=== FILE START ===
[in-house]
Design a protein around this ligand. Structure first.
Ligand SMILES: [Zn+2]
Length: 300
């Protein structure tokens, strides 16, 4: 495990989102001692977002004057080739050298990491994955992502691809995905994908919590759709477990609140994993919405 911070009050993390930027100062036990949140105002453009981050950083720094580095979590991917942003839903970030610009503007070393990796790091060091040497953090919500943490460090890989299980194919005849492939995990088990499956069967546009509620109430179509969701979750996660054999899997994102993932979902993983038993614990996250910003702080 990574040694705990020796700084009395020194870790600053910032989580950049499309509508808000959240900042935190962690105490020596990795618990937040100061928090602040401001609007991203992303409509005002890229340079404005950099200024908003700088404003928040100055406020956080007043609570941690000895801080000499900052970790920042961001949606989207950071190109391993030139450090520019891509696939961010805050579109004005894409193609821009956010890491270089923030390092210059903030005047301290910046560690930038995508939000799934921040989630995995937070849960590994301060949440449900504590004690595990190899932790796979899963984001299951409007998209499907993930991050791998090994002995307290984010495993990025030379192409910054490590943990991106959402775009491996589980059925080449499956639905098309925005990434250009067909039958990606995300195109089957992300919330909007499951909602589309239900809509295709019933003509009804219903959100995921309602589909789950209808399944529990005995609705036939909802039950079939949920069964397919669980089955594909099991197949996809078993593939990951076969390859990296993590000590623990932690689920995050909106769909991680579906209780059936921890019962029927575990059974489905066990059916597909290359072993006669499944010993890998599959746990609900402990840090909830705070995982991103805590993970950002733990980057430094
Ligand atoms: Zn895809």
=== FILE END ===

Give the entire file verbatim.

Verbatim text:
[in-house]
Design a protein around this ligand. Structure first.
Ligand SMILES: [Zn+2]
Length: 300
């Protein structure tokens, strides 16, 4: 495990989102001692977002004057080739050298990491994955992502691809995905994908919590759709477990609140994993919405 911070009050993390930027100062036990949140105002453009981050950083720094580095979590991917942003839903970030610009503007070393990796790091060091040497953090919500943490460090890989299980194919005849492939995990088990499956069967546009509620109430179509969701979750996660054999899997994102993932979902993983038993614990996250910003702080 990574040694705990020796700084009395020194870790600053910032989580950049499309509508808000959240900042935190962690105490020596990795618990937040100061928090602040401001609007991203992303409509005002890229340079404005950099200024908003700088404003928040100055406020956080007043609570941690000895801080000499900052970790920042961001949606989207950071190109391993030139450090520019891509696939961010805050579109004005894409193609821009956010890491270089923030390092210059903030005047301290910046560690930038995508939000799934921040989630995995937070849960590994301060949440449900504590004690595990190899932790796979899963984001299951409007998209499907993930991050791998090994002995307290984010495993990025030379192409910054490590943990991106959402775009491996589980059925080449499956639905098309925005990434250009067909039958990606995300195109089957992300919330909007499951909602589309239900809509295709019933003509009804219903959100995921309602589909789950209808399944529990005995609705036939909802039950079939949920069964397919669980089955594909099991197949996809078993593939990951076969390859990296993590000590623990932690689920995050909106769909991680579906209780059936921890019962029927575990059974489905066990059916597909290359072993006669499944010993890998599959746990609900402990840090909830705070995982991103805590993970950002733990980057430094
Ligand atoms: Zn895809």